As for Harvard, it wasn't location, but reputation that made the difference.
"He's not going to put it someplace where it's not going to have a real chance to influence the image of the Saudi kingdom in American eyes," Myers said.
Myers says that many Middle East studies programs already have questionable agendas even before they're showered with Saudi dollars.
"You'll find very few studies coming out about terrorism, even in the wake of 9/11," he said. "Logically, you might have concluded or might have assumed that we would see dozens of studies on the causes of terrorism, and the effects of terrorism and how to prevent terrorism. That didn't happen. In fact, what you see is the opposite," he continued. "There were no small number of studies produced that attacked the West, that blamed the West for being attacked itself. And of course, the principal enemies are always America and Israel."
The director of Harvard's Prince Alwaleed Bin Talal Islamic studies program did not respond to CBN News interview requests. However, we were able to speak with a former state department official who also worked in Georgetown's Arab studies department.
"No university will accept money with strings on it," said the Middle East Institute's David Long. "Period. Academic freedom in our country is a cornerstone of academic discourse, and that will not be breached by any university that I know of. "
According to Long, there's no grand Saudi strategy to influence America's view of Islam.
"Yes, they want to help Islam, just like we have foreign missionaries," Long explained. "But I think there's a lot of fear about abilities that I don't really think they have."
Money and Influence
Georgetown and Harvard aren't the only major U.S. universities to receive Saudi funds. Duke, Howard, Cal-Berkeley, Syracuse and Johns Hopkins have also received substantial donations from the Saudi royal family. The Saudi government spends an estimated $5 billion each year on schools, mosques and Islamic centers around the globe. These institutions often promote the Saudi government's brand of Wahhabi Islam.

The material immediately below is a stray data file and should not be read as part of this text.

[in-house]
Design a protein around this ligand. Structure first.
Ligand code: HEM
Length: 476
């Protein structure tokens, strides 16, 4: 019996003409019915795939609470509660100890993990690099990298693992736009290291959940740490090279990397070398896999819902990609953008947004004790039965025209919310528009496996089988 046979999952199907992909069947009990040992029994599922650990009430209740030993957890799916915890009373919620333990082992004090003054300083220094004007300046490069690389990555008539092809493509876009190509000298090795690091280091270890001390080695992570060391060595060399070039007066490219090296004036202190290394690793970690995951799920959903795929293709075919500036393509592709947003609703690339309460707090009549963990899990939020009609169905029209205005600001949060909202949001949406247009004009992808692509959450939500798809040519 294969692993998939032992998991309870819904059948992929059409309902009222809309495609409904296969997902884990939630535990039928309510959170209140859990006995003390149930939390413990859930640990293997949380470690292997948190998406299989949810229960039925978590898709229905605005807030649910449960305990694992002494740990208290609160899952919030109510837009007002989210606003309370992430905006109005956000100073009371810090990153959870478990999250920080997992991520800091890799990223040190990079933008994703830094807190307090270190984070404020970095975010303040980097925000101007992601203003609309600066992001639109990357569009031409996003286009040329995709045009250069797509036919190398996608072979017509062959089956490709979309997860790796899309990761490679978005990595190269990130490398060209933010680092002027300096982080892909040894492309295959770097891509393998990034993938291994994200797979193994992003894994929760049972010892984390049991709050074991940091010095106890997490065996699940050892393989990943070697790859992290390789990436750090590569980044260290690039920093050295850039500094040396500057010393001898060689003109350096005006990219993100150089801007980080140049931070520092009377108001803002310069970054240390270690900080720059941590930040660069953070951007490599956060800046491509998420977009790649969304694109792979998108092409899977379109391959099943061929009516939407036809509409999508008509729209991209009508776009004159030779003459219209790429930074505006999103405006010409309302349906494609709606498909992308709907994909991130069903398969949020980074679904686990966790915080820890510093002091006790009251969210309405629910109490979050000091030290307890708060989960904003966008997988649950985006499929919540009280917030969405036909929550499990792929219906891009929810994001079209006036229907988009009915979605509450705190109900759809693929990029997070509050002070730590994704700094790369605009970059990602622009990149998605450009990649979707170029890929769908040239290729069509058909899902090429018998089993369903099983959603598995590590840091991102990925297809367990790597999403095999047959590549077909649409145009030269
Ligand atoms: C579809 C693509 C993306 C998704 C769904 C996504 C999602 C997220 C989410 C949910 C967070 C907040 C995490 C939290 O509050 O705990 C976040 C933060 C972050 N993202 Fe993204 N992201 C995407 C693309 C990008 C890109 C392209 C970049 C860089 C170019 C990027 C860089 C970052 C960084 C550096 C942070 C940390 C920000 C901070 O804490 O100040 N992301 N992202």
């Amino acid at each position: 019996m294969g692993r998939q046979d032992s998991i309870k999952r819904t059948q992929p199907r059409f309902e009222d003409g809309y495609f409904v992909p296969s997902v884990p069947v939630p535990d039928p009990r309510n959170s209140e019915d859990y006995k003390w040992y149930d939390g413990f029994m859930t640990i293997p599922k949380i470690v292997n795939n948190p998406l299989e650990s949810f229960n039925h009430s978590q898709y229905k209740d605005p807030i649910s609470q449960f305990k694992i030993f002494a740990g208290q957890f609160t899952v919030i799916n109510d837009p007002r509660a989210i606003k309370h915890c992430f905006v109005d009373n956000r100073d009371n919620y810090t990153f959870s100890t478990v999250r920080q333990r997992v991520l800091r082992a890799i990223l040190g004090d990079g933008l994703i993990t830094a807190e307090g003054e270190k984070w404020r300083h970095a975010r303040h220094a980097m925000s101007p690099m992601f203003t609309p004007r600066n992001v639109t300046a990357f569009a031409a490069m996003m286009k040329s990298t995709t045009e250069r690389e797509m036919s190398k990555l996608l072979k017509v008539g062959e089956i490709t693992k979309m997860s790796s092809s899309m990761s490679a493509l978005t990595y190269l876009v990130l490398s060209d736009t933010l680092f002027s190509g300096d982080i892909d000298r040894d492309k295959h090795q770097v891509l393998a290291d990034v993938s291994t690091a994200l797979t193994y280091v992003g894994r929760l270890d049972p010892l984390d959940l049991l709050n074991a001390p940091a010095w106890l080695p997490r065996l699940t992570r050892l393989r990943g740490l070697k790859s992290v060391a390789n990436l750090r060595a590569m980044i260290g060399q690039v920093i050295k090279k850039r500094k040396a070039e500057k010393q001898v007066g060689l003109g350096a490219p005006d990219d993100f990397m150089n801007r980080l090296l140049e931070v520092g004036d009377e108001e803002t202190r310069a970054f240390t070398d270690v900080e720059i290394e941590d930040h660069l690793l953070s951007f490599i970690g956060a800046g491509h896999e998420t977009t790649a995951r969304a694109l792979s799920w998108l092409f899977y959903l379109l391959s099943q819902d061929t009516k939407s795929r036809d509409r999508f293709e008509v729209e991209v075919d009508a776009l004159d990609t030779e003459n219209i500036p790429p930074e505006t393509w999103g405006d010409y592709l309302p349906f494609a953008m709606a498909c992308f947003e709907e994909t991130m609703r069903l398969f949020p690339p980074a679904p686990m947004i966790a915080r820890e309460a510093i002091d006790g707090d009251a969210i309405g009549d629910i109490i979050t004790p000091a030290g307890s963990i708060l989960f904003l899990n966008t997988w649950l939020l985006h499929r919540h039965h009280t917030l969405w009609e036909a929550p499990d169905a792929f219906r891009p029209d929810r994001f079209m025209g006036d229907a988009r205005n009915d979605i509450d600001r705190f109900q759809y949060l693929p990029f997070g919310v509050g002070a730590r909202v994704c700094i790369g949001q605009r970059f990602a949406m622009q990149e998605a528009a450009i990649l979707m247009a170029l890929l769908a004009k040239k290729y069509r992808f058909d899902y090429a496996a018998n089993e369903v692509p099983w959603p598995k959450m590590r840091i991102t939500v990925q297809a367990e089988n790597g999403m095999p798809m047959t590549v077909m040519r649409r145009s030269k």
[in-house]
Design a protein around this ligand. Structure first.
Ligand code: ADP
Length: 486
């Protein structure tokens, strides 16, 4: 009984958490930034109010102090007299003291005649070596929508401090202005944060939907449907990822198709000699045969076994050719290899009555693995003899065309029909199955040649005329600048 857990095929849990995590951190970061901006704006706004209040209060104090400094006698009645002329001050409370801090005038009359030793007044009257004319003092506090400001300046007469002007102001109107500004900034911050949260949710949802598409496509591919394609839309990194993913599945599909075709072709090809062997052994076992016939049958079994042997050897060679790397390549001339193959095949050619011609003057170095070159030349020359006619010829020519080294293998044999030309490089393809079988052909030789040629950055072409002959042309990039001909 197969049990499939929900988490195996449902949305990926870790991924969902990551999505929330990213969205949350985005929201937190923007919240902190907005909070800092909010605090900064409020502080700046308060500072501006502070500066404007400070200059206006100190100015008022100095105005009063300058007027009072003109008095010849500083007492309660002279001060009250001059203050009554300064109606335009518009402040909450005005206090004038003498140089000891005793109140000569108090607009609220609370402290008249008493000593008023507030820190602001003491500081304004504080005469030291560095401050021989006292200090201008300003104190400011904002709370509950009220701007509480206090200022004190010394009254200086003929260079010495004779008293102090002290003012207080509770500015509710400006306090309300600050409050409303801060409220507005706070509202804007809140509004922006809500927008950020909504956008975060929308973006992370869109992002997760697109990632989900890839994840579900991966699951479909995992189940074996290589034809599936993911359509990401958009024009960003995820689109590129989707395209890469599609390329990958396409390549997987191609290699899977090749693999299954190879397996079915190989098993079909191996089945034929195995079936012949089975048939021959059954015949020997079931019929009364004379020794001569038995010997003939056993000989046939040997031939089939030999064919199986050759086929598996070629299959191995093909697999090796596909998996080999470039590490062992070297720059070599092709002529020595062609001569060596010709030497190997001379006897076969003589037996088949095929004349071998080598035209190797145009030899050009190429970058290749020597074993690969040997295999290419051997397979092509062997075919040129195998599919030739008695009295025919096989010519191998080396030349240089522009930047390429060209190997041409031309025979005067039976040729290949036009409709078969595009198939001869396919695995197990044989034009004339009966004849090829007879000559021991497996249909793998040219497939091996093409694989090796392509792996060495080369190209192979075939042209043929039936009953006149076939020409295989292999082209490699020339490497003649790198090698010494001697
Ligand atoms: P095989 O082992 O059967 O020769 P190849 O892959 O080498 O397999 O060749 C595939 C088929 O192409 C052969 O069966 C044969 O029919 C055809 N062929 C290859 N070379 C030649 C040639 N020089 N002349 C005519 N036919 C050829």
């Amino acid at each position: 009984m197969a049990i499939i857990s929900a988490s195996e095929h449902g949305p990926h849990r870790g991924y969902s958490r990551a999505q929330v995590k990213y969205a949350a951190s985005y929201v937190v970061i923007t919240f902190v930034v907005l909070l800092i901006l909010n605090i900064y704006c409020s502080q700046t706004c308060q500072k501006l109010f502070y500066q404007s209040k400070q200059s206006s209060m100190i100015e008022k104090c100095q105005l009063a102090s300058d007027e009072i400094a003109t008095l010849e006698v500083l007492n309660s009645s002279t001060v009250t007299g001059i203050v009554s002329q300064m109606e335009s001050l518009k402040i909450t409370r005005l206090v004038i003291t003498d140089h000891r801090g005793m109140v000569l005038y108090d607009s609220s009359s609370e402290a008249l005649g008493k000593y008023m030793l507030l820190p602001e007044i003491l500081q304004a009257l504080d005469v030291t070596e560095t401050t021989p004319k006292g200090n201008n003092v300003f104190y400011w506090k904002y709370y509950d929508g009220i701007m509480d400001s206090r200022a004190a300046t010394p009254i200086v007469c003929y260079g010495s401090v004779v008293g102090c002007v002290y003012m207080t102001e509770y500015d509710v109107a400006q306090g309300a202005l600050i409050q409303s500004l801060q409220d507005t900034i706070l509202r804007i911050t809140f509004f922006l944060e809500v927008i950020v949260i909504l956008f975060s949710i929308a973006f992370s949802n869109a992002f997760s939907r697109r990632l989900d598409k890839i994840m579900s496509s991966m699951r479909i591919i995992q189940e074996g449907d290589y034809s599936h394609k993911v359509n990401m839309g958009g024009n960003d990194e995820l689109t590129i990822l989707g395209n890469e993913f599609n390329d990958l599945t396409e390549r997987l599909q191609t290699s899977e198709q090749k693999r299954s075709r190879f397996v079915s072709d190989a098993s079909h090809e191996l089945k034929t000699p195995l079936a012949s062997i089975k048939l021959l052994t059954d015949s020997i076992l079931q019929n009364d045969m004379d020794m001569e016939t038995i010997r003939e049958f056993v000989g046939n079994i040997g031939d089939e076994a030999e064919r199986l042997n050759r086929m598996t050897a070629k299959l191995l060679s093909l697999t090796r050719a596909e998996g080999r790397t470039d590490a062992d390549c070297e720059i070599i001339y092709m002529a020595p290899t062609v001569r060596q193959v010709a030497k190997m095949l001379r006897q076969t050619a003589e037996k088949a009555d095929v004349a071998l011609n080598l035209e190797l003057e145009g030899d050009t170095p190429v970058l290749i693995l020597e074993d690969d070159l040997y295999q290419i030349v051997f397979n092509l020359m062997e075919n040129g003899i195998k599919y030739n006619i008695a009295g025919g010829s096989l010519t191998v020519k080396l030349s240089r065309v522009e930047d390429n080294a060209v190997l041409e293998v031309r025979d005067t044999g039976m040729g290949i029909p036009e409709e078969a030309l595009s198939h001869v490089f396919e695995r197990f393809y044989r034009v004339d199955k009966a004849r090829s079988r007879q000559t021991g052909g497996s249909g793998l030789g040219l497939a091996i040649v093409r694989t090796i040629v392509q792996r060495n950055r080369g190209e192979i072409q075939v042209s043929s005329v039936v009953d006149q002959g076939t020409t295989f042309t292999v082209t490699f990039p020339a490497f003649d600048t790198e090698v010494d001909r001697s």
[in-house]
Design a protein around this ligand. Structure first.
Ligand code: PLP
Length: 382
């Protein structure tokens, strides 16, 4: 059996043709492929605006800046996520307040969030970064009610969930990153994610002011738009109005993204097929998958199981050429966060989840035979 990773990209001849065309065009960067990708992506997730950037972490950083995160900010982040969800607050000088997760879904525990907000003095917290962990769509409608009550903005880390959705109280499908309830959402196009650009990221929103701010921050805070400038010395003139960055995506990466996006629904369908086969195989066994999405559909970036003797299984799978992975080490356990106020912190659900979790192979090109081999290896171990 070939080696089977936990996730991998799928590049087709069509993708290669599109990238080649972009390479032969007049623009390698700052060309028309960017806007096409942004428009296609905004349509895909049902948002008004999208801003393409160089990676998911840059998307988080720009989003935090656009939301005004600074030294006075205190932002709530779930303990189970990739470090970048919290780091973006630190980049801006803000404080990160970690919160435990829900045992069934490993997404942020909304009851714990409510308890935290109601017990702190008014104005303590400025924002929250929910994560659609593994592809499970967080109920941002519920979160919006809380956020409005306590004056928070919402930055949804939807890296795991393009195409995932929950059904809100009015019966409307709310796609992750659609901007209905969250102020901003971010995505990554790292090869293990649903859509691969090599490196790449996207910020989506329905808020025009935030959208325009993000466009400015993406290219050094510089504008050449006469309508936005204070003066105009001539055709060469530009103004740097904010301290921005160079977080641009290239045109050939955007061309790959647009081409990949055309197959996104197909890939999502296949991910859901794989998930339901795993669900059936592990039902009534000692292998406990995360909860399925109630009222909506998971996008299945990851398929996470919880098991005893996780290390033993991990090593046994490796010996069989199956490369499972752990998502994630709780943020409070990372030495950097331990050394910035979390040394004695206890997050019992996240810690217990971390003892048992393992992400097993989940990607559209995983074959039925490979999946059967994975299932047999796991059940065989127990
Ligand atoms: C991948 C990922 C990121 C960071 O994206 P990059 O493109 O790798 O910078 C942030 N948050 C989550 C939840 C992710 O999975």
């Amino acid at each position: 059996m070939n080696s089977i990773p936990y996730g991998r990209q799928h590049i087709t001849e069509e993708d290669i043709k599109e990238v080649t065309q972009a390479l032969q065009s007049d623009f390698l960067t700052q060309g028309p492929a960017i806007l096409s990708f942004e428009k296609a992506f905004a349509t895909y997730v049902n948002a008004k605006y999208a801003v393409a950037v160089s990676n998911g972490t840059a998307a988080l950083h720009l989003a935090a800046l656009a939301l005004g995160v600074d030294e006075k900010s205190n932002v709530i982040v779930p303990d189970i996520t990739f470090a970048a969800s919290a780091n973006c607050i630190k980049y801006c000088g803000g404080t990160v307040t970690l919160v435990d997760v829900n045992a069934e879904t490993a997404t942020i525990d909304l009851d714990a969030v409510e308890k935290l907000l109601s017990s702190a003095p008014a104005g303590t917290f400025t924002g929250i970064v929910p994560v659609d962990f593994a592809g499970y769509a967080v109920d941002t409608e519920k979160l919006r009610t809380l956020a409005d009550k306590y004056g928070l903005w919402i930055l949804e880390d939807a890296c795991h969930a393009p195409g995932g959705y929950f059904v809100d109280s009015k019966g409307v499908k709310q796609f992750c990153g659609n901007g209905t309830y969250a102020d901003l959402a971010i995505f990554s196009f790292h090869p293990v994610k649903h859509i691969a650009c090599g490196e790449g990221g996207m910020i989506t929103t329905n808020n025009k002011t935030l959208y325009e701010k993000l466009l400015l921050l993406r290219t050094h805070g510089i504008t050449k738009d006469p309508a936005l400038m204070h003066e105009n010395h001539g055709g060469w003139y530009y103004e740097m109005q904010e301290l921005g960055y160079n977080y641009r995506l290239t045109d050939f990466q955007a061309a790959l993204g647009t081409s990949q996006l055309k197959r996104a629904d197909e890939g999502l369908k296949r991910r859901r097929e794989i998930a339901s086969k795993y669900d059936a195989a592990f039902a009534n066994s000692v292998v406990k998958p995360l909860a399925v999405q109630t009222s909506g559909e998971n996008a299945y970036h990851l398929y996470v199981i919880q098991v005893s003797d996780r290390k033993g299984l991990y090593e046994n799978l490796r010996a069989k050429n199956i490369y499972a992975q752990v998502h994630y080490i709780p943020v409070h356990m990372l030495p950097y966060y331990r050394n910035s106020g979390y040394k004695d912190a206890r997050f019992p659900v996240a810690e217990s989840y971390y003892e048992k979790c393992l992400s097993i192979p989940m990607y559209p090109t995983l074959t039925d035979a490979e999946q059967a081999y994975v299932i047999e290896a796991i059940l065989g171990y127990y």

Long says the threat posed to the West by Saudi Wahhabism has been exaggerated. "Do they finance this stuff? They finance a lot of Islamic institutions," he said. "Are there people in these institutions that do do this stuff? Yes there are. And it's a problem. But to lump it all together into one great, big lump I think, is overdoing it."
But Pipes says Saudi influence on college campuses is very real -- and affects professors treatment of of concepts like Jihad or Islamic holy war.
"Some would say it's only a defensive war," Pipes said. "Some would say it's not even warfare at all. One of the more amusing comments--explanations--of jihad was it's becoming a better colleague, it's fighting against apartheid, it's working for women's rights," he continued. "Utter nonsense. Utter disinformation. I can't attribute this specifically to the Saudis, but the Saudis have created since the early 70's an atmosphere at American universities that's conducive to this."
Alwaleed could not be reached for comment. Long, who worked as a diplomat in Saudi Arabia, says Saudi donations to American universities are no reason for concern.
"The Saudi Royal family and the Aaudi royal people actually have a great deal of regard for us," Long said.
But one Saudi dissident CBN News spoke to sees a double standard when it comes to cultural exchanges between America and Saudi Arabia--an Islamic state where Christianity is illegal.
Al-Ahmed noted, "They should allow American organizations and American funding of, let's say, the Martin Luther King Center or the Abraham Lincoln Center or a Susan B Anthony Center, or allowing Freedom House or Human Rights Watch or even CBN to have offices in Saudi Arabia."